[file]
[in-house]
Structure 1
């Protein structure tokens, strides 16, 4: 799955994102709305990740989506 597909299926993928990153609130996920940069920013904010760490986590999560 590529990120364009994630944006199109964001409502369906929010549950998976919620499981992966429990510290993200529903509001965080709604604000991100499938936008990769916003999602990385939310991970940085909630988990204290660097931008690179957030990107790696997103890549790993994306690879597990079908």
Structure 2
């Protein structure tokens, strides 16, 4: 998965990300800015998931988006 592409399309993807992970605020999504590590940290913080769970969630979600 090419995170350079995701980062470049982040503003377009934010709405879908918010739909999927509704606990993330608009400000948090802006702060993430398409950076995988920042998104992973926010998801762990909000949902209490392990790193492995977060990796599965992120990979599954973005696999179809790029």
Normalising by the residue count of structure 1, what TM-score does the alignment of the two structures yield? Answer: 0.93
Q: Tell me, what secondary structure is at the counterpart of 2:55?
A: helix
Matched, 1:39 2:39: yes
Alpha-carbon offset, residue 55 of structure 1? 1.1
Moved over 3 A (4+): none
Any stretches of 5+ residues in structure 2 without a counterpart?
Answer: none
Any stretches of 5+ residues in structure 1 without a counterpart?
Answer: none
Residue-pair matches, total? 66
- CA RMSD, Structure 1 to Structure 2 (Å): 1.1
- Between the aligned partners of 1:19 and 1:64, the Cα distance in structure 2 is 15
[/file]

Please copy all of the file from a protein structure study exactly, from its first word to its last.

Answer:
[in-house]
Structure 1
């Protein structure tokens, strides 16, 4: 799955994102709305990740989506 597909299926993928990153609130996920940069920013904010760490986590999560 590529990120364009994630944006199109964001409502369906929010549950998976919620499981992966429990510290993200529903509001965080709604604000991100499938936008990769916003999602990385939310991970940085909630988990204290660097931008690179957030990107790696997103890549790993994306690879597990079908």
Structure 2
């Protein structure tokens, strides 16, 4: 998965990300800015998931988006 592409399309993807992970605020999504590590940290913080769970969630979600 090419995170350079995701980062470049982040503003377009934010709405879908918010739909999927509704606990993330608009400000948090802006702060993430398409950076995988920042998104992973926010998801762990909000949902209490392990790193492995977060990796599965992120990979599954973005696999179809790029």
Normalising by the residue count of structure 1, what TM-score does the alignment of the two structures yield? Answer: 0.93
Q: Tell me, what secondary structure is at the counterpart of 2:55?
A: helix
Matched, 1:39 2:39: yes
Alpha-carbon offset, residue 55 of structure 1? 1.1
Moved over 3 A (4+): none
Any stretches of 5+ residues in structure 2 without a counterpart?
Answer: none
Any stretches of 5+ residues in structure 1 without a counterpart?
Answer: none
Residue-pair matches, total? 66
- CA RMSD, Structure 1 to Structure 2 (Å): 1.1
- Between the aligned partners of 1:19 and 1:64, the Cα distance in structure 2 is 15